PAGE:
A particular advantage of the spatiotemporal mapping method is that it avoids the insertion or application of monitoring devices into, or onto, the surface under study. The lack of any requirement for surface contact during ST mapping and consequent low risk of contamination could make the technique potentially useful during laparoscopy provided that small video cameras with sufficient image definition are available. Hence, ST mapping of laparoscopic video sequences could be useful in mapping the contractile outcome of conditions such as diabetic gastroparesis that are known to be accompanied by adverse electrophysiological states such as slow wave dysrhythmias and re-entrant rhythms (Chen and McCallum, 1992). Spatiotemporal mapping can provide a stream of real time data regarding the frequencies, speeds and directions of propagation, amplitudes and durations during progression of a contraction through the walls of a hollow tubular or sacculate structures (Figure 1) that can subsequently be incorporated into computational fluid dynamic models to assess their effect on the mixing and onflow of their contents (de Loubens et al., 2014).
Figure 1. Basic methodologies of D-type, L-type and A-type video-spatiotemporal mapping techniques. D-type ST maps (A–D). The upper and lower edges of a structure (in this case a pink tubular segment of gut) are detected (blue line) and the number of pixels counted between the edges of successive columns (pale area). The totals are then color coded for each column within each frame. Hence the dark square in the in time series of D map below frame 1 (C). Circumferential contraction (frame 2) causes reduction in diametric profile and corresponding pixel total (light square in time series of D-type map below) (D). L-Type ST maps (E–G). The line of interest (LOI) that is to be used as a datum point for quantification of length-wise movement in successive frames is chosen (blue line). The color coded magnitudes of changes in distance (strain) between distinctive features (in this case red vascular markings) on successive video frames (strain rate) are plotted for each pixel along the length of the LOI (in this case shown only for one set of distinctive features between video frame 1 and 2) A-type ST maps (H–J). The diametric and lengthwise changes in distances between distinctive features (in this case red vascular markings) in successive frames are determined over each component pixel over a defined area within the edges of the structure. The derived diametric and lengthwise changes within each pixel in successive frames for are then multiplied to give area strain rate. The color coded values for strain rate then overlaid onto the corresponding pixels of the video frame to produce a map of area strain. Hence map (J), shows the hypothetical two dimensional result of a contraction at a single point.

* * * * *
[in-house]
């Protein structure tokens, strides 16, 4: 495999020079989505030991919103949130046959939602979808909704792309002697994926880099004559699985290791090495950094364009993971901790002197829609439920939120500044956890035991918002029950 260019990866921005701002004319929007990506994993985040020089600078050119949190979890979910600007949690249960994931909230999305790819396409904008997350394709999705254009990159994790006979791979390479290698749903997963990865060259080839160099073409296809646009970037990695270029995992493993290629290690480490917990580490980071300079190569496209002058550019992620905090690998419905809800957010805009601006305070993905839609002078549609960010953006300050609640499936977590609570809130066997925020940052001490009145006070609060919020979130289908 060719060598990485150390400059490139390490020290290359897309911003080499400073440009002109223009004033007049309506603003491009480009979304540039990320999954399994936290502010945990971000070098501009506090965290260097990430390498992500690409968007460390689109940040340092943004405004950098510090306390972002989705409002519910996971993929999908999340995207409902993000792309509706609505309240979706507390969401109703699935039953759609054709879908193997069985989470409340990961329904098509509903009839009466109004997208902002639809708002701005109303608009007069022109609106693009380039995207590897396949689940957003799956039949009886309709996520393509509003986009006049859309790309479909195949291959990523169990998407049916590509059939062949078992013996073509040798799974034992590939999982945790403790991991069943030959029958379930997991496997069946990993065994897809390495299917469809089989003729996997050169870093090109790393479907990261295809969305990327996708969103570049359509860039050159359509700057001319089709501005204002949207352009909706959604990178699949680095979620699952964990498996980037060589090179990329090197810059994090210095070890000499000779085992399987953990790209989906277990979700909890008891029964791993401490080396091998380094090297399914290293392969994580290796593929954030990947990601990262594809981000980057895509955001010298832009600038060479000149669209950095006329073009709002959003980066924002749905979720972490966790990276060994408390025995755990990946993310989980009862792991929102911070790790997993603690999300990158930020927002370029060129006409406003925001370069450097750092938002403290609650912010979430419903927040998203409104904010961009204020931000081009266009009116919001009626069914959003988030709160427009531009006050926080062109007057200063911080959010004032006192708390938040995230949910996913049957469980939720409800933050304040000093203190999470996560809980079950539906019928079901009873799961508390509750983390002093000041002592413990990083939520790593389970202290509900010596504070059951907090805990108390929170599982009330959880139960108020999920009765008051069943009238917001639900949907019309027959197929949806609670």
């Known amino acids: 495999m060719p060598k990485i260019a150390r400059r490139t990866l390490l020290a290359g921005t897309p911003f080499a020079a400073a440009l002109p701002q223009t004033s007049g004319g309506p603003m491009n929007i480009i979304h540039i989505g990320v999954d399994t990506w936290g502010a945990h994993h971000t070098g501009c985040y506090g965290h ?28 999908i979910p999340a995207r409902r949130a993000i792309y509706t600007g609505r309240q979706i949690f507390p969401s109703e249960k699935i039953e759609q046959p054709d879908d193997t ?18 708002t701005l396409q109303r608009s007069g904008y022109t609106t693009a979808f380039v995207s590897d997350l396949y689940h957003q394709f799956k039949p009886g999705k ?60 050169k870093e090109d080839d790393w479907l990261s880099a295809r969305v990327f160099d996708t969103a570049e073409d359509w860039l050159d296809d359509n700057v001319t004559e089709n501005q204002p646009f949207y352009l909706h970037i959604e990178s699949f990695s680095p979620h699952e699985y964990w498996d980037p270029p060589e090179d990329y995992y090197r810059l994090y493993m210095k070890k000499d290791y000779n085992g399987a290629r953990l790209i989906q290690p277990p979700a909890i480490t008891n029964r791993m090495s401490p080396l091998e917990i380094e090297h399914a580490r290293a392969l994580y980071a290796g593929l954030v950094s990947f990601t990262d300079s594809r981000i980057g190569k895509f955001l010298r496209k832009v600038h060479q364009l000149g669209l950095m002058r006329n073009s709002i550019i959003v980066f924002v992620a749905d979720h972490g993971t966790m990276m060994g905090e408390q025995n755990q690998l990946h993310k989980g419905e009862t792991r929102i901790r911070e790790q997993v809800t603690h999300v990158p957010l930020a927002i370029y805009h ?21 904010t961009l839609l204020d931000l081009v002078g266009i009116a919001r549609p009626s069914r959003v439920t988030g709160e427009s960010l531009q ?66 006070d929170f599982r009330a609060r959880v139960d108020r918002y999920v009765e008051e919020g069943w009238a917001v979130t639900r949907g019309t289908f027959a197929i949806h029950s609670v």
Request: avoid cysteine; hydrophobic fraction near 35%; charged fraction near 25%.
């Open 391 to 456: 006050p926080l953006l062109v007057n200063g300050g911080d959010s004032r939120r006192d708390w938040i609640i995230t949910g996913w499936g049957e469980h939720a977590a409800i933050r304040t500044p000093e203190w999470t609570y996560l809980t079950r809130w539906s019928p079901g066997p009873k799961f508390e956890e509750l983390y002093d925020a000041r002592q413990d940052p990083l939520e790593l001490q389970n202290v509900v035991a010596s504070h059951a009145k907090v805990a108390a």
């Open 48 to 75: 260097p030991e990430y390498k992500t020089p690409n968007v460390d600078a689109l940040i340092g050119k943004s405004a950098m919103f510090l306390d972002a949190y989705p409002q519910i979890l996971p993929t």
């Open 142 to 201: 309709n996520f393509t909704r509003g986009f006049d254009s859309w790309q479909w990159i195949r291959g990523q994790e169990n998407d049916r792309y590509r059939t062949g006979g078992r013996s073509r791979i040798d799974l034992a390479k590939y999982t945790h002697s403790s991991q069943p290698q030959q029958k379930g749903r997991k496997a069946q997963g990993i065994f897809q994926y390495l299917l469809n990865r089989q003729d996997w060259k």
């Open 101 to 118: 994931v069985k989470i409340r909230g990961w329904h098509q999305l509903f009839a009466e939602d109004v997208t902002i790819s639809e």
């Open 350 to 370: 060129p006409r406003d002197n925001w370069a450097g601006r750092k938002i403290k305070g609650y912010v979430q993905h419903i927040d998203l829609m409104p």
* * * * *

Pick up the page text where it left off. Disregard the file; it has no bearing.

Whilst alternative methods such as water perfused (Di Lorenzo et al., 2002) and fiberoptic (Dinning et al., 2014) catheters and barostats (Ohe et al., 1994) can be used to directly assess changes in the pressure within the lumen of such structures and thus to infer motility, they generally do not provide sufficient spatial or dimensional resolution to enable the mixing regime to be accurately defined. Thus, the use of high resolution fibreoptic catheters that record local changes in lumen pressure at intervals of around 1 cm along the lumen (Dinning et al., 2014), have similar limitations to those of early spatiotemporal mapping methods based on widely spaced markers (Hennig et al., 1999), notably being prone to aliasing. Hence a number of types of contraction have short territories and frequencies that are not amenable to resolution with such spacing e.g., haustral boundary contractions in the colon which occupy <0.25 cm of the wall (Chen et al., 2013). Again, the radial positioning of fiberoptic catheters within the gut lumen cannot be precisely defined or controlled. Currently the differences in the results from fiberoptic high resolution manometry (Dinning et al., 2014) and from water perfused catheter techniques (Rao et al., 2001; Camilleri et al., 2008) from those obtained by D type spatiotemporal mapping (Lentle et al., 2008; Dinning et al., 2012; Costa et al., 2013a; Chen et al., 2016) raise questions regarding the nomenclature of contraction. Hence for example there is no clear evidence from manometry of the existence of high frequency ripple contractions in the human colon that are similar to those observed in rats and rabbits (Costa et al., 2013a; Chen et al., 2016) despite the presence of a similar pacemaker system in humans (Rae et al., 1998) to those in animals that generates oscillation in myenteric potentials of a higher frequency than those of slow waves.